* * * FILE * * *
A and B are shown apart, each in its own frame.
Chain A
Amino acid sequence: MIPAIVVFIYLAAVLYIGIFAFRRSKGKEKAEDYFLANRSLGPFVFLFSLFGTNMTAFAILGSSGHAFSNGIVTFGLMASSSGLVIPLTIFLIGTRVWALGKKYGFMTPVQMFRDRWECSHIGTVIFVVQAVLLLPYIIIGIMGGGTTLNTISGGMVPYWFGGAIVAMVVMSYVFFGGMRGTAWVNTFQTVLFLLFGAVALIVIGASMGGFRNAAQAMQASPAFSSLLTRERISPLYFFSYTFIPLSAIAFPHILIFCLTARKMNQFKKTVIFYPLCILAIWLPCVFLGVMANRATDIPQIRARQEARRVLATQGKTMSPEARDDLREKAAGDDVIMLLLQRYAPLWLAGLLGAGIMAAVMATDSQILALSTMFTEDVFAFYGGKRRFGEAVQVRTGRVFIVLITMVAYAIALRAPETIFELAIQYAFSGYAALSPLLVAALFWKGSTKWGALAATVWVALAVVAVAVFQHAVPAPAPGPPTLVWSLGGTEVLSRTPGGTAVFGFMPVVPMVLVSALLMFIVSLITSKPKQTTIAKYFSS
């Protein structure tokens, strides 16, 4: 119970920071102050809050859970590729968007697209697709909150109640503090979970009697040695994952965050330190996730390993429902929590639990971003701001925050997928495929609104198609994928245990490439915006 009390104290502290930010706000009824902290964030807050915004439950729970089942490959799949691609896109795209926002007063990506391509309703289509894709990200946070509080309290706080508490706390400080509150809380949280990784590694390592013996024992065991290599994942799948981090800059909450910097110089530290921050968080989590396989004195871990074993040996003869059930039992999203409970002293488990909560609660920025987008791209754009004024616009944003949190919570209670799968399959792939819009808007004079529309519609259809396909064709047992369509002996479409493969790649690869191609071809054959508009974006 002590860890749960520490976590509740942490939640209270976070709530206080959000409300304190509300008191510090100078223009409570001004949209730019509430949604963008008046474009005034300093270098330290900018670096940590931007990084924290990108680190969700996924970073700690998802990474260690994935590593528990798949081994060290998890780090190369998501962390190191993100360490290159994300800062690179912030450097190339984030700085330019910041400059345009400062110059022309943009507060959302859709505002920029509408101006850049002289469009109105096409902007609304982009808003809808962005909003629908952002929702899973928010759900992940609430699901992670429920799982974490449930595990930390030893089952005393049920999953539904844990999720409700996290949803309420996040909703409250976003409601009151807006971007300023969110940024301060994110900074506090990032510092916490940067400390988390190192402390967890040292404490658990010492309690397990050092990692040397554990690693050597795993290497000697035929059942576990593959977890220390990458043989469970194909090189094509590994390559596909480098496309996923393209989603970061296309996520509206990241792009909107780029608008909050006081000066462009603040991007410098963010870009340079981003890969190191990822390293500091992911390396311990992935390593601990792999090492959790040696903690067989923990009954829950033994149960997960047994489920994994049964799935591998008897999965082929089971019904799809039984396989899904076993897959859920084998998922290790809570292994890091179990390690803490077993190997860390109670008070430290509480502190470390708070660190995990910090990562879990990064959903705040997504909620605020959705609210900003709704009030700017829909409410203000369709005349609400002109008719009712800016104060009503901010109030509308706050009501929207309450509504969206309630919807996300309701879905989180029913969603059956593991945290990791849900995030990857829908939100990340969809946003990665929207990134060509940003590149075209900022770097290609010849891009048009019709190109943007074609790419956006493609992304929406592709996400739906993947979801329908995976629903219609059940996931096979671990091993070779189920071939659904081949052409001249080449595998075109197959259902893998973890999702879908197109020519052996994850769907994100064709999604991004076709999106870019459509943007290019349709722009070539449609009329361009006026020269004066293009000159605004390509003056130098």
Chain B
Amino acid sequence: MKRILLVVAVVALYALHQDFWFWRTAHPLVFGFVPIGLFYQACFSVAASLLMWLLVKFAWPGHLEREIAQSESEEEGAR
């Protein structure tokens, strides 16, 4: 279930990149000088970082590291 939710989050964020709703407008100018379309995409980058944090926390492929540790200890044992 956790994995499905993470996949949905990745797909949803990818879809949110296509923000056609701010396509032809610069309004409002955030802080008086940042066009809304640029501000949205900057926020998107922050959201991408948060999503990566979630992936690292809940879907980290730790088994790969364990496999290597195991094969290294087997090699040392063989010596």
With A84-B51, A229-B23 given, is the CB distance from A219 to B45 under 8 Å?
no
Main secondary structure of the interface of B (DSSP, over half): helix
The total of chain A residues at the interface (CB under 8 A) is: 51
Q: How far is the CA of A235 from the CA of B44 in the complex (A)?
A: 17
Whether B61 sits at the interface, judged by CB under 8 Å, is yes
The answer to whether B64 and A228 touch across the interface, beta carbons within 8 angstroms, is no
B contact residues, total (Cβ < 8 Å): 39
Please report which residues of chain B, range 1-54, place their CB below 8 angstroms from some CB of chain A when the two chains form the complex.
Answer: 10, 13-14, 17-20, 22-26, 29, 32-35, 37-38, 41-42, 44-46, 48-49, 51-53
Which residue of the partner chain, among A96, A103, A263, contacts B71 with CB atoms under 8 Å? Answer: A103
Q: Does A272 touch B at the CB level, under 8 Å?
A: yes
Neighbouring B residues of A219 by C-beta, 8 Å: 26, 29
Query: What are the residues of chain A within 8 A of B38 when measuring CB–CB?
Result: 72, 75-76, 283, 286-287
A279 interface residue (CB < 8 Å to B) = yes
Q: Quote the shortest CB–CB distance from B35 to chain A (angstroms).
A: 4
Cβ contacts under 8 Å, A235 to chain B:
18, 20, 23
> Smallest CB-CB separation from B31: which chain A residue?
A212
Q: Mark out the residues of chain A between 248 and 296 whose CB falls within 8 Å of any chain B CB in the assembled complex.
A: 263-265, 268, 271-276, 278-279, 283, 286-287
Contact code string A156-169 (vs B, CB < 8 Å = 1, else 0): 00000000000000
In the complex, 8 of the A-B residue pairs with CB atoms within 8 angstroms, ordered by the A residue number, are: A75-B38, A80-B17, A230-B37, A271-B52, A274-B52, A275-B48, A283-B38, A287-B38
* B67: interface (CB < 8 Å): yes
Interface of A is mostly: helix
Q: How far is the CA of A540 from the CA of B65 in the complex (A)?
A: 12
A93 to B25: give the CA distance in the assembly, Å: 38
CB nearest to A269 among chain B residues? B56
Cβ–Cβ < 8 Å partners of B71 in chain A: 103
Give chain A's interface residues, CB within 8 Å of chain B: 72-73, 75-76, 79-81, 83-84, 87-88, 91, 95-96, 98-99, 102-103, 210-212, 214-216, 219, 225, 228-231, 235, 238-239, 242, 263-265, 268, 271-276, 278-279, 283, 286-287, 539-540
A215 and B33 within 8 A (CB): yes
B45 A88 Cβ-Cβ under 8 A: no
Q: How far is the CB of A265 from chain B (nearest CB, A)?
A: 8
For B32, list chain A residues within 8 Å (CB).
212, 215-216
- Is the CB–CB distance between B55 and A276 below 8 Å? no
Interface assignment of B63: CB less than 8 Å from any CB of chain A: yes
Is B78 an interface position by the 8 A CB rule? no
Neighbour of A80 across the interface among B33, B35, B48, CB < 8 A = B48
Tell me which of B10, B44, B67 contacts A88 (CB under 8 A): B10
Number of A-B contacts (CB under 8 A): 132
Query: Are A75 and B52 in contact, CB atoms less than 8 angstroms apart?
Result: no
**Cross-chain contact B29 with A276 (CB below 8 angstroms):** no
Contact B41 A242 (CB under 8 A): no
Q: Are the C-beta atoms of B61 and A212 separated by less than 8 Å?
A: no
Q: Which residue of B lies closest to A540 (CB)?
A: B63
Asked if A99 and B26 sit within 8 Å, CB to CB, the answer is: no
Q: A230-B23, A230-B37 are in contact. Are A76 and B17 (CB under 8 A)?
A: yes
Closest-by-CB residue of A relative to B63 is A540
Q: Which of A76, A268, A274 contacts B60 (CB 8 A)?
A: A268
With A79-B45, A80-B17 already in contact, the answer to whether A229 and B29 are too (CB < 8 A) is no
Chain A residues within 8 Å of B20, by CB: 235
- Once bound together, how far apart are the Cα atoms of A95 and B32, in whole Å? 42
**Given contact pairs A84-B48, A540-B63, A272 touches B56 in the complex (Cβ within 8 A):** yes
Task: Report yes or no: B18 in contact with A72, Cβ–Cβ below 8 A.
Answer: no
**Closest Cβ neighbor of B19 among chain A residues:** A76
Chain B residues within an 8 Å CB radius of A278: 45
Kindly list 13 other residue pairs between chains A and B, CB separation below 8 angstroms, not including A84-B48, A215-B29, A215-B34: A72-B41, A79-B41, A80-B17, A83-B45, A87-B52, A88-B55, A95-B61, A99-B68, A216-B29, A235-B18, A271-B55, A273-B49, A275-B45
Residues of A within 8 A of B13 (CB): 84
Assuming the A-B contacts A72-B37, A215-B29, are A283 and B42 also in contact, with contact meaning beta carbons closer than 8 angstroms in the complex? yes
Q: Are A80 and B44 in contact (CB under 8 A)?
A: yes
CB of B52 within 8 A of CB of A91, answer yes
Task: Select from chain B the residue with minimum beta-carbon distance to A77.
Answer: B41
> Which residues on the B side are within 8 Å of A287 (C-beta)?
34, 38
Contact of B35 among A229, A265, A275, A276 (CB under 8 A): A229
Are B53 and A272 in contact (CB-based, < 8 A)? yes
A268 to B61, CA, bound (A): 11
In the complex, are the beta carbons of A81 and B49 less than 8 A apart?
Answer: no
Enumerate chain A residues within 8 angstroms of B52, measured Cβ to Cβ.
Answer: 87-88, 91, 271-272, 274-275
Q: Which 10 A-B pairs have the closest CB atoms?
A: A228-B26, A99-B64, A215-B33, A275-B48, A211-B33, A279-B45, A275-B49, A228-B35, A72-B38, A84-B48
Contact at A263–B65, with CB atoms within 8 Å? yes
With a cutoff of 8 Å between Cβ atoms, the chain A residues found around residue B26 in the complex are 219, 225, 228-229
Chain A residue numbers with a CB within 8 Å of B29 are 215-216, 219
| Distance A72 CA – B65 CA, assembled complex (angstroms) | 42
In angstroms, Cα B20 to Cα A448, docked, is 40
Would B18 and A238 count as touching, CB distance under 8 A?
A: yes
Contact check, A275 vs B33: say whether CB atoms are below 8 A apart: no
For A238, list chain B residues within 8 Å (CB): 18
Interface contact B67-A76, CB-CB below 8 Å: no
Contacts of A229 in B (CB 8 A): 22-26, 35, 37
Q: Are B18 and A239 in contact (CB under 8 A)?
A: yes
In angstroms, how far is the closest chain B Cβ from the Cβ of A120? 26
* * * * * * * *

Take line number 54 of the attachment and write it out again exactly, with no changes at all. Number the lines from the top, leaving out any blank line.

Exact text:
Tell me which of B10, B44, B67 contacts A88 (CB under 8 A): B10